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  • Large variation in age (basically from 18y to 65y) Often very motivated and strongly interested (but origin of their motivation varies) Obtain a diploma / refresh knowledge / out of interest Big difference in workload (certain students with a job have full-time jobs while others take a career break) Some have children, others don't Some have no diploma of secondary education while others already have a master's degree.
  • Economic Level: responsible for direct costs (e.g. tuition fees and study material) and indirect costs (e.g. childcare and reduction of working hours). Educational Level: sometimes confronted with courses that seem irrelevant or contradict their own professional experiences. Courses can also be very theoretical with little practical examples from the working atmosphere. Furthermore, inconveniences can occur due to the limited opening hours of administrative services and libraries. Especially older students can be faced with a lack of ICT knowledge. Students with a job often have little time for tasks and group assignments. Pride may sometimes prevent students from searching for help e.g. in connection with study choice, learning skills. Social Level: Thirdly, the combination of work, studying and family and social life can be very challenging. Lack of time can lead to drop out, social isolation or relation and health problems (Bowl, 2003 in Couttenier, 2007). Students with a job are forced to cope with new and changing roles which is a stress factor (Goodman et al., 2006 in Couttenier, 2007) Also relationships with friends and family change due to studying. Shown support by friends and family might be less than expected or entirely missing.
  • Ministry of Education in Flanders (Belgium), UNESCO, Organisation for Economic Cooperation and Development ( OECD), Vlaamse onderwijsraad (VLOR), European Union (EU), World Bank and the International Labour Organization (ILO)
  • Flllex consortium, 2012: 2012 Annual Growth Survey: education and training systems have to be modernized to reinforce their efficiency and quality and to equip people with the skills and competences they need to succeed on the labour market (national government, other HEI ’ s, other educational levels (VET) and with social partners )
  • Enabling : to increase access and convenience for students Enhancing : increase instructor or student productivity Transforming : moving from an information transmission model towards a more active learning pedagogy Graham & Robison (2007)
  • the proliferation of superficial Blends ’ those Blends are not adding anything significant to the instruction. The risk lies in the fact that not enough time and costs are deployed. ‘ a focus on the scope of a Blend ’ . Sometimes, when designing a Blended Learning environment, the focus lies on the scope of the Blend (e.g. 25% online and 75 face-to-face; or a reduction of x% of class time). ‘ Too much consideration to efficiency and productivity at the expense of the goal of effective pedagogy. Technology should be used exclusively to increase productivity if this in turn frees up time and energy for the faculty or students to dedicate to more active and innovative face-to-face experiences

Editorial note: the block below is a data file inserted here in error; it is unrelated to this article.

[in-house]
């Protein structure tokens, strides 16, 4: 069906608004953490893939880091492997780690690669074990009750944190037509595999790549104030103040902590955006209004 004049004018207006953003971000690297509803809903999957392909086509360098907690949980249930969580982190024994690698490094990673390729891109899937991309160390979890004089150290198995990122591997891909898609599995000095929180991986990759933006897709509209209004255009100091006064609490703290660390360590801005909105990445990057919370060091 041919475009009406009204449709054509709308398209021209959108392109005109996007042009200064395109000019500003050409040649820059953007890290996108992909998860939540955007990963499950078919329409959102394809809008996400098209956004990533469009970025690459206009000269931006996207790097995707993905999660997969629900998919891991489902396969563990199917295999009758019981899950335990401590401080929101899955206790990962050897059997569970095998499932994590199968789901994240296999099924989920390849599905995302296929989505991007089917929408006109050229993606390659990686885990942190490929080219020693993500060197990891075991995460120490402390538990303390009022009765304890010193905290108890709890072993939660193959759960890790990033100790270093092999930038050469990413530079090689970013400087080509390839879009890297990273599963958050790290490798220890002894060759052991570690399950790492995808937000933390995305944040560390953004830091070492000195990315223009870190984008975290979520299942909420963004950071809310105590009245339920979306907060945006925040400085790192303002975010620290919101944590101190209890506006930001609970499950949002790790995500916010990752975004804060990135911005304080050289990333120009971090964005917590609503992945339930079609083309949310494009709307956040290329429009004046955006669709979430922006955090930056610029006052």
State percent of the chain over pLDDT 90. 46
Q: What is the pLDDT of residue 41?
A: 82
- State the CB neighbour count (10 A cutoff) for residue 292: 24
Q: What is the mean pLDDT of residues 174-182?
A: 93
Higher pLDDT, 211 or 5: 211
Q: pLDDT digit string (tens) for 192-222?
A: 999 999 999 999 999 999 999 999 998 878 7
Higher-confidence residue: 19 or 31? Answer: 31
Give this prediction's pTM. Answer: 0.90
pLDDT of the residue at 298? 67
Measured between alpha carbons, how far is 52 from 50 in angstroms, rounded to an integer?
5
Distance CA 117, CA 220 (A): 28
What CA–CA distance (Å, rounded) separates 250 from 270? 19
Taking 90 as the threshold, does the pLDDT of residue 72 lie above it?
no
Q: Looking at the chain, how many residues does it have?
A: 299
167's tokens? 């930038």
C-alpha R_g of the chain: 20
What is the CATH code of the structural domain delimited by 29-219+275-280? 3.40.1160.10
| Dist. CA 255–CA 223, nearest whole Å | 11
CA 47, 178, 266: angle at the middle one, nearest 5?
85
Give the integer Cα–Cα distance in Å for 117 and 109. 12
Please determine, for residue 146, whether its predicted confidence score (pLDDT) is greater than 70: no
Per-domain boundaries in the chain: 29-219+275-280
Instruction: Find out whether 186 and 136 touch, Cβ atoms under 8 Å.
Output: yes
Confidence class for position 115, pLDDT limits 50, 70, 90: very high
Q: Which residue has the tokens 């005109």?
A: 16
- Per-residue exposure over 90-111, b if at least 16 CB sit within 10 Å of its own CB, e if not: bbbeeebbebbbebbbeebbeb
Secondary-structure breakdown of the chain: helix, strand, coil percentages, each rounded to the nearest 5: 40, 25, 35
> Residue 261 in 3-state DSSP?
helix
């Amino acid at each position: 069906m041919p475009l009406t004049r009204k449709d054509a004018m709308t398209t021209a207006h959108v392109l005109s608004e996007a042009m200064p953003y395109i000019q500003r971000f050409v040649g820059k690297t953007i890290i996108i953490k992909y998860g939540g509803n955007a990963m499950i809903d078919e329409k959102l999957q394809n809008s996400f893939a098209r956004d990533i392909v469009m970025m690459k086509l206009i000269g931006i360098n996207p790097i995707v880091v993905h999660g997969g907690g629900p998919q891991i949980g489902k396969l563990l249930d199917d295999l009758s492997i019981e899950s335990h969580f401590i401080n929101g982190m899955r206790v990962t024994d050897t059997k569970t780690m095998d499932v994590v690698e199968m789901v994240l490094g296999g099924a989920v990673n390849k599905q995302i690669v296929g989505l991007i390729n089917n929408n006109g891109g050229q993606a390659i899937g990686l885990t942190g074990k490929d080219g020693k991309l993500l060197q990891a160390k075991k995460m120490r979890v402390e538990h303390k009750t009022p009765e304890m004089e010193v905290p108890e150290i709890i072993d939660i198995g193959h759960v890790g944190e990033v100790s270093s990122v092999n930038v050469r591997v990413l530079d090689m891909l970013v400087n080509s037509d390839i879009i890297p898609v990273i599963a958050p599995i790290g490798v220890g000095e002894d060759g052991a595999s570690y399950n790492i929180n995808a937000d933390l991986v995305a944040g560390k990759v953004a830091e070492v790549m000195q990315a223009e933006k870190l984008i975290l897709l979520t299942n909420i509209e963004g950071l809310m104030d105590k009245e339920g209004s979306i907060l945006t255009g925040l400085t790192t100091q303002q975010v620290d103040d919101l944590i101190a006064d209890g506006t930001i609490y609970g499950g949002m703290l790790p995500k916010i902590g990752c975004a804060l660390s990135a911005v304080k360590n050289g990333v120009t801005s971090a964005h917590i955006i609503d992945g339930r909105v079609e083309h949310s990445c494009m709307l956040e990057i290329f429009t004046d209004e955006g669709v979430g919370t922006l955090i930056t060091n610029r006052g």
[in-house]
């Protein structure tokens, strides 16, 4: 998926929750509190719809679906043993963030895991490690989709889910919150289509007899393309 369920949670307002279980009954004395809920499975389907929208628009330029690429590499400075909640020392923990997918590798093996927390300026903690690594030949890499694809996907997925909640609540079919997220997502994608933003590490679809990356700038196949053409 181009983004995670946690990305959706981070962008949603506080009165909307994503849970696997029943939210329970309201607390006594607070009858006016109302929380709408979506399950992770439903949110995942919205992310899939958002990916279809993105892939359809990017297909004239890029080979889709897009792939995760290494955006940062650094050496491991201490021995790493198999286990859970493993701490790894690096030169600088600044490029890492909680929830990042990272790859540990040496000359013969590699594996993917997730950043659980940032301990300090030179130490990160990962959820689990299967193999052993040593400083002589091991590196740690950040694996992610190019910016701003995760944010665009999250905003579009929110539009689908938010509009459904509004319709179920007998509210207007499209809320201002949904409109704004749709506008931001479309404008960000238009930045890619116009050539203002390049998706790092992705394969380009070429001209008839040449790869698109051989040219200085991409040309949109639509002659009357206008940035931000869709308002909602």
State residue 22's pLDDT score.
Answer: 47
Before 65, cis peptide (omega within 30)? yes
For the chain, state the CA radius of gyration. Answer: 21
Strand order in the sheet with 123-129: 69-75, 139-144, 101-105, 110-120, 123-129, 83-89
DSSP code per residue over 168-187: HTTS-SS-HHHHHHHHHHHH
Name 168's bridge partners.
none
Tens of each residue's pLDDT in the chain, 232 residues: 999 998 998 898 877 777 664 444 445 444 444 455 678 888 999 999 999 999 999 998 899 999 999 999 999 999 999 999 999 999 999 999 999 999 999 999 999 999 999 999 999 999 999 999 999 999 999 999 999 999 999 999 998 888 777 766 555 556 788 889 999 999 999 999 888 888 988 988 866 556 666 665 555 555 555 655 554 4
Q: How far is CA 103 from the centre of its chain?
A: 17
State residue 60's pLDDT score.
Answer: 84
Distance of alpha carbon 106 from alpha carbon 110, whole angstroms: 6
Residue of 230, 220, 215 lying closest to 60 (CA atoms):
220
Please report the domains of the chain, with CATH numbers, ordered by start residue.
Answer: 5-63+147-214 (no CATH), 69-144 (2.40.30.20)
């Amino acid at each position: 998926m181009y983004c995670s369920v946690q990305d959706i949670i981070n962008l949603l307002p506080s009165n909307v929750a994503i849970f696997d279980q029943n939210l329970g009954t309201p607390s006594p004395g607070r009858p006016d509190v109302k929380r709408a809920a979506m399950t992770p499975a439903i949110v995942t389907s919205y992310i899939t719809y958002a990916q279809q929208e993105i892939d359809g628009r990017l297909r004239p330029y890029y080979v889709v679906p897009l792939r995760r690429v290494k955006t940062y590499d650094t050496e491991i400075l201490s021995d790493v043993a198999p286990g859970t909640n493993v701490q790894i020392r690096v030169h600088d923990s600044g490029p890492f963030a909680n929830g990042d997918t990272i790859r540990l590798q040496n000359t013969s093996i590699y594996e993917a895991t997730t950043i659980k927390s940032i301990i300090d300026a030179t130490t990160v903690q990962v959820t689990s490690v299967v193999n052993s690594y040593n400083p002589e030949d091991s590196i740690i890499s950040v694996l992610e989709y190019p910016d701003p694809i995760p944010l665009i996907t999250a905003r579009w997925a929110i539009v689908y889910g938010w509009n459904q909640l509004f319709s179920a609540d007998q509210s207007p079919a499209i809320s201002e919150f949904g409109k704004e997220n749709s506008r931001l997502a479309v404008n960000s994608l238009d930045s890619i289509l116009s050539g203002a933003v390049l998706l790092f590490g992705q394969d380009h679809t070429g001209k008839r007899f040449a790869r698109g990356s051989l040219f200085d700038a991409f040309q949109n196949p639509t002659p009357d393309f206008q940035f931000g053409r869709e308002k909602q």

• MuLLLti_DIVERSE2012

    1. 1. MuLLLtiBlended Learning for Lifelong Learners in aMulticampus Context.DIVERSE 2012 – “Enrich the learning experience”04 07 2012Y. Blieck, K. Goeman, L. Vandeput, S. Van Laer (KHLeuven) (HUBrussel) (KHLeuven) (KU Leuven)
    2. 2. LLL1 • Age: 25 • Bachelor marketing • Workweek 60-70h • Interested in master Psychology out of interest and for professional purposes. Would like to graduate at 30Photo:
    3. 3. LLL2 • Age: 58 • Master Economics • Currently unemployed • Looking for a new professional challenge. Interested in a teacher education programimage &copy; <A HREF="">MIROSLAV VAJDIĆ</A>for <A HREF=""></A> CC:Attribution-ShareAlike
    4. 4. LLL3 • Age: 28 • Master of Law • Has resigned from job • Looking for other professional challenge. Not sure what.image &copy; <A HREF="">pinar </A>for <A HREF=""></A> CC:Attribution-ShareAlike
    5. 5. LLL4 • Age 50 • Housewife • (did not finish high school) • Wants to finish high school and then pursue studies at universityimage &copy; <A HREF="">Rene Rosales</A>for <A HREF=""></A> CC:Attribution-NonCommercial
    6. 6. To conclude: possibilities andchallenges for all
    7. 7. To conclude: possibilities andchallenges for all
    9. 9. Lifelong learners who are they?• Age• Motivation and interest?• Origin of motivation…• Workload• Family• Prior education
    10. 10. MuLLLti – lifelong learners• students in formal Higher Educational Institutions (HEI’s)• who often combine work and study
    11. 11. Challenges for LLL in higher education • Educational • Social • Economical
    12. 12. To conclude: possibilities andchallenges for all
    13. 13. LLL and higher educationalinstitutes (HEI)?- INCREASING DEMAND- CHALLENGES FOR HEI
    14. 14. Increasing demand• Knowledge society• Initial diploma quickly loses value• Diploma no lifelong guarantee for proper professional functioning• Shortage of human capital=> Lifelong learning high on the agenda in various organisations :